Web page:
(a) providing a solvent-free coatable crosslinkable perfluorinated polyether, the polyether defined by the formula X1—(CaF2aO)n—X2 where X1 and X2 are different functional terminal groups which are capable of forming a polymer by addition, condensation or ring-opening reaction, n ranges from 1 to 2000 and a is an integer of from 1 to 4, and wherein the ratio of X1 and X2 is 1:1;
(b) coating said polyether on a substrate; and
(c) subjecting said coated polyether to a thermal or radiation source effective to crosslink said polyether.
DETAILED DESCRIPTION OF THE INVENTION
The novel release coating of the present invention is comprised of a crosslinked perfluorinated polyether, the polyether defined by the formula X1—(CaF2aO)n—X2 where X1 and X2 are different functional terminal groups which are capable of forming a polymer by addition, condensation or ring opening reaction, n ranges from 1 to 2000 and a is an integer of from 1 to 4, and wherein the ratio of X1 and X2 is 1:1.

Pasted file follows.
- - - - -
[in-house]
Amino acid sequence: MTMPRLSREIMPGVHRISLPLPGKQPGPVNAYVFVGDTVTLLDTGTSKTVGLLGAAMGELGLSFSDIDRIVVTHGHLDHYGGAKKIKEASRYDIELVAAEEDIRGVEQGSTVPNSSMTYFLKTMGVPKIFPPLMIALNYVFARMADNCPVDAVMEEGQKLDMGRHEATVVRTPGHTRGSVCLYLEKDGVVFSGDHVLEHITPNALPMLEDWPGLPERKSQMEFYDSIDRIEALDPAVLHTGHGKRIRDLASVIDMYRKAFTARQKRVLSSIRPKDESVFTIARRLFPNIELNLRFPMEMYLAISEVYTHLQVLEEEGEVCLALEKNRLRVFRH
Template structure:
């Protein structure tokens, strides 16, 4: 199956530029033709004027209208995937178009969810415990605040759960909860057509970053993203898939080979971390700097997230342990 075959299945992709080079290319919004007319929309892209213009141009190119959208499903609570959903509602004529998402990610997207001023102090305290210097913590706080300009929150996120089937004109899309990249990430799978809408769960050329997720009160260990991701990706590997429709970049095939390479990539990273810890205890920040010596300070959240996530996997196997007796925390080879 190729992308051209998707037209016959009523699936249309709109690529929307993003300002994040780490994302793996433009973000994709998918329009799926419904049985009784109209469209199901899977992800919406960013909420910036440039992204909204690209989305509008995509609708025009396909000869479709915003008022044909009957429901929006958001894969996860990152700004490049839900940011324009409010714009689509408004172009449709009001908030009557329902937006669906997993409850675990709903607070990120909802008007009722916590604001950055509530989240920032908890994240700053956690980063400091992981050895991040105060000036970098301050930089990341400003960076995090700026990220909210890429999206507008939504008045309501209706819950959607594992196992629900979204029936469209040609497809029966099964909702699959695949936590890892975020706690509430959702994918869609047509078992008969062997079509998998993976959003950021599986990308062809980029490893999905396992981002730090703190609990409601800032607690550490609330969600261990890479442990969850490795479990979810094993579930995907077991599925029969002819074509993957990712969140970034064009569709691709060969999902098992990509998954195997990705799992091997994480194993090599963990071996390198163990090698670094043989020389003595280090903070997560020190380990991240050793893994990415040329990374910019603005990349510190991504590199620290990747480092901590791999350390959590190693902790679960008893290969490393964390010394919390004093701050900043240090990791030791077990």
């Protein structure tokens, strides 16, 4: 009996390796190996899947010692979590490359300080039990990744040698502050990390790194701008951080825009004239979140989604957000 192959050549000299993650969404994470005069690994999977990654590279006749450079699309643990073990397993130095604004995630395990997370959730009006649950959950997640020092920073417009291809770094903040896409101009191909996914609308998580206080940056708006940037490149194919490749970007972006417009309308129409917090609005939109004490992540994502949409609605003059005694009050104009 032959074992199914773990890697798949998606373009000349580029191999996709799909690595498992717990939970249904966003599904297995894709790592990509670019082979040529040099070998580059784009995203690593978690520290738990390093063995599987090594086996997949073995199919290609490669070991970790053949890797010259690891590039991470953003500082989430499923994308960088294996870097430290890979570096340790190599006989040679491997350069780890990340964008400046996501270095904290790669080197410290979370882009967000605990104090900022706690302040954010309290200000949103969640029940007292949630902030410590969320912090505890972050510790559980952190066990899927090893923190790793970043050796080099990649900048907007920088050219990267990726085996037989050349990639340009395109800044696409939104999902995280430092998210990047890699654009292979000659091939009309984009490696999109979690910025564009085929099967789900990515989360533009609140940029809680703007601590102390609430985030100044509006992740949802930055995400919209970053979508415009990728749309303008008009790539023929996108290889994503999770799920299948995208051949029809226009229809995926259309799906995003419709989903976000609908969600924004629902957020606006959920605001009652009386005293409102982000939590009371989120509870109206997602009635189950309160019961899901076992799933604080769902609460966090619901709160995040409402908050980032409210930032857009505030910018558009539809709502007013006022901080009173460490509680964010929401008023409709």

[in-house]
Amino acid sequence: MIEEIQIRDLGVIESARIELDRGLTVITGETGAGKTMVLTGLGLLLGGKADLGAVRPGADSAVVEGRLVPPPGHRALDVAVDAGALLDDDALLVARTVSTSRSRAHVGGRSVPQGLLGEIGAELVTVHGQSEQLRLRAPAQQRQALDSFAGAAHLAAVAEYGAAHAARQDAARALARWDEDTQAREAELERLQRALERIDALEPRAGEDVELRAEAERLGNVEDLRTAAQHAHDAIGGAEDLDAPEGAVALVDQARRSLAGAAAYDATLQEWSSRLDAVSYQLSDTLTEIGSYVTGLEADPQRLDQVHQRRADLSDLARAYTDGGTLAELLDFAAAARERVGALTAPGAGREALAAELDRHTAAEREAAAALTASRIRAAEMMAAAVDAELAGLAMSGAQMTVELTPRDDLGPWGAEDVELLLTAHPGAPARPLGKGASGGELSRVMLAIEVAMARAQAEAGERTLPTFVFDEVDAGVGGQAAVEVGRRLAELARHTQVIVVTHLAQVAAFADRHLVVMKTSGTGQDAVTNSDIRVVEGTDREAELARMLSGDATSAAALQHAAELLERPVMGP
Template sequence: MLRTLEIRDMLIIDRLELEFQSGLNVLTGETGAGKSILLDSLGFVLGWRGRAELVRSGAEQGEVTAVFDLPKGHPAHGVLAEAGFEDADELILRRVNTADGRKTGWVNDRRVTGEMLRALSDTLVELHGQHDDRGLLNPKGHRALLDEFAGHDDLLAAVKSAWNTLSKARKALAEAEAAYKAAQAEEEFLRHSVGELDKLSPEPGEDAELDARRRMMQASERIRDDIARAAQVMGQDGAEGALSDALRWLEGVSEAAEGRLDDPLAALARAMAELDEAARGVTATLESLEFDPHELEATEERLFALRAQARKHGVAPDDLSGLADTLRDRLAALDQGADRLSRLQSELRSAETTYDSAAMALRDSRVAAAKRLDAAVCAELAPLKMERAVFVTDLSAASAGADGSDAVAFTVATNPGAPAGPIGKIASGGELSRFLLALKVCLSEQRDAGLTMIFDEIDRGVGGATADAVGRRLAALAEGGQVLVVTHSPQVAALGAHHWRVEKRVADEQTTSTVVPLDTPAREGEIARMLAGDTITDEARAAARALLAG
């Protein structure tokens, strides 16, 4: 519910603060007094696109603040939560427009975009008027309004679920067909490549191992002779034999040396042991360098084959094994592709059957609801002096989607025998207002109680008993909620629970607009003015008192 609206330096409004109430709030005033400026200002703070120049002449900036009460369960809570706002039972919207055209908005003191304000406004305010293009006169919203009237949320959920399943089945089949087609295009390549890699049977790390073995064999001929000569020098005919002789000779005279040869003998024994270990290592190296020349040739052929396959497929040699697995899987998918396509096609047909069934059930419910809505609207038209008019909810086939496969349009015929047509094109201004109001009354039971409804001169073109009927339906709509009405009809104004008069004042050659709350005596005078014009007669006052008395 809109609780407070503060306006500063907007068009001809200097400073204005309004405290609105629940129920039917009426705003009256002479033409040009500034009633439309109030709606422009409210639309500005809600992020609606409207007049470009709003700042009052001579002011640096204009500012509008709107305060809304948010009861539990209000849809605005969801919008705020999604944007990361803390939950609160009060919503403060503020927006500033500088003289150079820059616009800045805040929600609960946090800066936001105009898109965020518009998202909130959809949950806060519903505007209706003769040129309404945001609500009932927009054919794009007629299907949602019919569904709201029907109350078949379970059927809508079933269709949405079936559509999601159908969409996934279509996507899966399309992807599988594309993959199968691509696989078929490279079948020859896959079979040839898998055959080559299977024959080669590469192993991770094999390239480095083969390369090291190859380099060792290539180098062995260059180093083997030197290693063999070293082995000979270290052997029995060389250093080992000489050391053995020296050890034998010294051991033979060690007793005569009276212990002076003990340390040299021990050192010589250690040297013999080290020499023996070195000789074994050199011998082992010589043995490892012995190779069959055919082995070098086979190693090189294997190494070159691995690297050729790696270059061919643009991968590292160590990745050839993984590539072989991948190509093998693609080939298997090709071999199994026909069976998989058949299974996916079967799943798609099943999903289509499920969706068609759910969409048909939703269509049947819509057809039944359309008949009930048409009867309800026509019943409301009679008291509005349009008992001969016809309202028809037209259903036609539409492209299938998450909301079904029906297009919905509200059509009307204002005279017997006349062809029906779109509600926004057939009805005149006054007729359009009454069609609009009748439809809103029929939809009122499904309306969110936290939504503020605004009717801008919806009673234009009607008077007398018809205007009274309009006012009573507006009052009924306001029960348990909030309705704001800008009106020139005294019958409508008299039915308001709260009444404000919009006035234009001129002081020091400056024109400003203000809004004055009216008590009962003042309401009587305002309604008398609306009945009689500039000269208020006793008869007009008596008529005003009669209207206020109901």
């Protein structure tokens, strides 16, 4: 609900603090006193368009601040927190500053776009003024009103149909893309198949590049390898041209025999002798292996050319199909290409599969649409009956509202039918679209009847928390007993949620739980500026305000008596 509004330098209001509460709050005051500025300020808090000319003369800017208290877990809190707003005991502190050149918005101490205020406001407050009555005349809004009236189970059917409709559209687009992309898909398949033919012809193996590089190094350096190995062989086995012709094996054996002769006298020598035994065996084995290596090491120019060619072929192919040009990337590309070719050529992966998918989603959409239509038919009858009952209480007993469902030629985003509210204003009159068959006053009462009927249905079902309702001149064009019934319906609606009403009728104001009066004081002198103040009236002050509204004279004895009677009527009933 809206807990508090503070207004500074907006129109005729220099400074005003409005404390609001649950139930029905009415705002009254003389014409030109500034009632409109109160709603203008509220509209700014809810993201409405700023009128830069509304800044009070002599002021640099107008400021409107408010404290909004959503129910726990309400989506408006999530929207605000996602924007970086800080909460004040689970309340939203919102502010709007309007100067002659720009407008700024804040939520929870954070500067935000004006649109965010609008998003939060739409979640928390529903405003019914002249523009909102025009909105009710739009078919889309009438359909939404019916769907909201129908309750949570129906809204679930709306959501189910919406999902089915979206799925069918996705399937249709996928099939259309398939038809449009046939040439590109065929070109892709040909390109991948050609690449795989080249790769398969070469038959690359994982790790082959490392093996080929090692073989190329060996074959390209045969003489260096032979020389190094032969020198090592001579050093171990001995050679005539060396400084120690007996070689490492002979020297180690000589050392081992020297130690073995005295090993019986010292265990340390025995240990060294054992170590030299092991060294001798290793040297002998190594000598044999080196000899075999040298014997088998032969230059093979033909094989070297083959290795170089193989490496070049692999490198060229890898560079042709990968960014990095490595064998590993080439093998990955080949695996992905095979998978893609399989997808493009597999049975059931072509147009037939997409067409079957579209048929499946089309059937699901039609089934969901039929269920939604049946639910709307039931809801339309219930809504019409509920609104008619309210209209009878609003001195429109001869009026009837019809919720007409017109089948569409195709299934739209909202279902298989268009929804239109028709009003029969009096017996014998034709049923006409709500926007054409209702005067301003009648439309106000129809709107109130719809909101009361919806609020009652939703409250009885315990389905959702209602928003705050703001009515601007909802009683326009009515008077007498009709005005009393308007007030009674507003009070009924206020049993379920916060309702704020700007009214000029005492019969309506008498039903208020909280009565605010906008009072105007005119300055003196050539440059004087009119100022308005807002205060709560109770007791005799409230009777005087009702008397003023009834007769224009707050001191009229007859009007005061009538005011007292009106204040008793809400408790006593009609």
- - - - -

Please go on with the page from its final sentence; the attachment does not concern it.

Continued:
The perfluorinated polyether repeating units —(CaF2aO)n— used in the perfluorinated polyether of the present invention are known in the release coating art as disclosed in U.S. Pat. Nos. 4,321,404; 4,472,480; 4,567,073; 4,820,588 and 4,830,910, each herein incorporated by reference. In the —(CaF2aO)n— repeating unit a represents an integer of from 1 to 4 and n ranges from 1 to 2000.
The polyether can be crosslinked by reaction of terminal functional groups X1 and X2 by condensation, addition or ring opening reactions. The functionalized perfluorinated polyether of the present invention is a self-crosslinkable polyether.